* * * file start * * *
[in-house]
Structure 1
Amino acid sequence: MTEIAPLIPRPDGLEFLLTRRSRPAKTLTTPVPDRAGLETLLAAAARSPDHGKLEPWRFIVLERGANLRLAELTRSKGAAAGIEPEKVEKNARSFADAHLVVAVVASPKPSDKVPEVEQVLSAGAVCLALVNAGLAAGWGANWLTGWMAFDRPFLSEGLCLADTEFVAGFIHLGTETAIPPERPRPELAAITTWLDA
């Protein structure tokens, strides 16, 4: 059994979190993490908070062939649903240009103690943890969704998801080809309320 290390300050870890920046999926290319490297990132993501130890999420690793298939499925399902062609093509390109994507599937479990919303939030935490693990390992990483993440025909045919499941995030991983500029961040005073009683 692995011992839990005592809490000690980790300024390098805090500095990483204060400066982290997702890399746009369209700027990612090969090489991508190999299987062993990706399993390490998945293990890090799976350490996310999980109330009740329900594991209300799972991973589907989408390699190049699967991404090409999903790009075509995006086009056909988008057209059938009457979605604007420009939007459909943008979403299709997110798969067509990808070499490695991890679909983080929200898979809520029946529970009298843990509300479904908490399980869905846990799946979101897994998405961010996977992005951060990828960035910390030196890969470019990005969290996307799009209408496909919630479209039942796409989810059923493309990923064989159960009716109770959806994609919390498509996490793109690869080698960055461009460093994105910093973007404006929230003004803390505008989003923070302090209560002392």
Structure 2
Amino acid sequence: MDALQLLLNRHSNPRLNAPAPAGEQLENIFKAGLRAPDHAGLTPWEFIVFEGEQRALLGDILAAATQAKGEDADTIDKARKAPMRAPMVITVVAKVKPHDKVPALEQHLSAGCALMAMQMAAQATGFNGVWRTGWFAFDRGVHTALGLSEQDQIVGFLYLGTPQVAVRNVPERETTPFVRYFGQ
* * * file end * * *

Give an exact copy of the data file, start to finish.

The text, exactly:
[in-house]
Structure 1
Amino acid sequence: MTEIAPLIPRPDGLEFLLTRRSRPAKTLTTPVPDRAGLETLLAAAARSPDHGKLEPWRFIVLERGANLRLAELTRSKGAAAGIEPEKVEKNARSFADAHLVVAVVASPKPSDKVPEVEQVLSAGAVCLALVNAGLAAGWGANWLTGWMAFDRPFLSEGLCLADTEFVAGFIHLGTETAIPPERPRPELAAITTWLDA
């Protein structure tokens, strides 16, 4: 059994979190993490908070062939649903240009103690943890969704998801080809309320 290390300050870890920046999926290319490297990132993501130890999420690793298939499925399902062609093509390109994507599937479990919303939030935490693990390992990483993440025909045919499941995030991983500029961040005073009683 692995011992839990005592809490000690980790300024390098805090500095990483204060400066982290997702890399746009369209700027990612090969090489991508190999299987062993990706399993390490998945293990890090799976350490996310999980109330009740329900594991209300799972991973589907989408390699190049699967991404090409999903790009075509995006086009056909988008057209059938009457979605604007420009939007459909943008979403299709997110798969067509990808070499490695991890679909983080929200898979809520029946529970009298843990509300479904908490399980869905846990799946979101897994998405961010996977992005951060990828960035910390030196890969470019990005969290996307799009209408496909919630479209039942796409989810059923493309990923064989159960009716109770959806994609919390498509996490793109690869080698960055461009460093994105910093973007404006929230003004803390505008989003923070302090209560002392």
Structure 2
Amino acid sequence: MDALQLLLNRHSNPRLNAPAPAGEQLENIFKAGLRAPDHAGLTPWEFIVFEGEQRALLGDILAAATQAKGEDADTIDKARKAPMRAPMVITVVAKVKPHDKVPALEQHLSAGCALMAMQMAAQATGFNGVWRTGWFAFDRGVHTALGLSEQDQIVGFLYLGTPQVAVRNVPERETTPFVRYFGQ